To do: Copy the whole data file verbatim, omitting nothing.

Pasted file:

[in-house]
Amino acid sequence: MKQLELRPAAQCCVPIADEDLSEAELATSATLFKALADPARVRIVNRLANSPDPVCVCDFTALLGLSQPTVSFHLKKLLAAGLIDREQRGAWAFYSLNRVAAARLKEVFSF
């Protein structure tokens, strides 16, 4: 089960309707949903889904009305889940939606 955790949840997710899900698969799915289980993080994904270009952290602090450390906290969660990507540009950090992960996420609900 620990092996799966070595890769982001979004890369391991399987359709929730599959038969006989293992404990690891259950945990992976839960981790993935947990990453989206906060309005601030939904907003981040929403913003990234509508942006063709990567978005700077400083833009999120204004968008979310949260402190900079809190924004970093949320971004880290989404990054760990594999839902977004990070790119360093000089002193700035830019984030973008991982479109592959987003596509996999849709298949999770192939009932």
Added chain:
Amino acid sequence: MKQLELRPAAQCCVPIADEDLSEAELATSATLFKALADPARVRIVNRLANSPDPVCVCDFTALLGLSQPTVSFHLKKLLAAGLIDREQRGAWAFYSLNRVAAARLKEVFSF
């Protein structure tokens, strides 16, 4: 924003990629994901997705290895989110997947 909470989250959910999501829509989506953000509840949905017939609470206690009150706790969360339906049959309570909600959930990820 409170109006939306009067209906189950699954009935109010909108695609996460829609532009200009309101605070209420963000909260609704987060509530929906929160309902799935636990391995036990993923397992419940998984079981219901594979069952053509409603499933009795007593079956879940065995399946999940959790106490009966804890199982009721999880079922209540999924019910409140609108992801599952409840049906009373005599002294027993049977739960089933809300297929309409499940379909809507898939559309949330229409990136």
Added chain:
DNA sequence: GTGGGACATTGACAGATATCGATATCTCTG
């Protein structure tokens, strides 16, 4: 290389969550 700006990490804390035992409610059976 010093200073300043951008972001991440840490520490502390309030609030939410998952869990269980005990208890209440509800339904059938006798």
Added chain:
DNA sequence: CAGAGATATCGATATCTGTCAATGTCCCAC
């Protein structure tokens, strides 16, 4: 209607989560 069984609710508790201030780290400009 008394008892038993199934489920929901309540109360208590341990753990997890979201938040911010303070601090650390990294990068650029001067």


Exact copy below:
[in-house]
Amino acid sequence: MKQLELRPAAQCCVPIADEDLSEAELATSATLFKALADPARVRIVNRLANSPDPVCVCDFTALLGLSQPTVSFHLKKLLAAGLIDREQRGAWAFYSLNRVAAARLKEVFSF
């Protein structure tokens, strides 16, 4: 089960309707949903889904009305889940939606 955790949840997710899900698969799915289980993080994904270009952290602090450390906290969660990507540009950090992960996420609900 620990092996799966070595890769982001979004890369391991399987359709929730599959038969006989293992404990690891259950945990992976839960981790993935947990990453989206906060309005601030939904907003981040929403913003990234509508942006063709990567978005700077400083833009999120204004968008979310949260402190900079809190924004970093949320971004880290989404990054760990594999839902977004990070790119360093000089002193700035830019984030973008991982479109592959987003596509996999849709298949999770192939009932």
Added chain:
Amino acid sequence: MKQLELRPAAQCCVPIADEDLSEAELATSATLFKALADPARVRIVNRLANSPDPVCVCDFTALLGLSQPTVSFHLKKLLAAGLIDREQRGAWAFYSLNRVAAARLKEVFSF
């Protein structure tokens, strides 16, 4: 924003990629994901997705290895989110997947 909470989250959910999501829509989506953000509840949905017939609470206690009150706790969360339906049959309570909600959930990820 409170109006939306009067209906189950699954009935109010909108695609996460829609532009200009309101605070209420963000909260609704987060509530929906929160309902799935636990391995036990993923397992419940998984079981219901594979069952053509409603499933009795007593079956879940065995399946999940959790106490009966804890199982009721999880079922209540999924019910409140609108992801599952409840049906009373005599002294027993049977739960089933809300297929309409499940379909809507898939559309949330229409990136």
Added chain:
DNA sequence: GTGGGACATTGACAGATATCGATATCTCTG
């Protein structure tokens, strides 16, 4: 290389969550 700006990490804390035992409610059976 010093200073300043951008972001991440840490520490502390309030609030939410998952869990269980005990208890209440509800339904059938006798």
Added chain:
DNA sequence: CAGAGATATCGATATCTGTCAATGTCCCAC
């Protein structure tokens, strides 16, 4: 209607989560 069984609710508790201030780290400009 008394008892038993199934489920929901309540109360208590341990753990997890979201938040911010303070601090650390990294990068650029001067």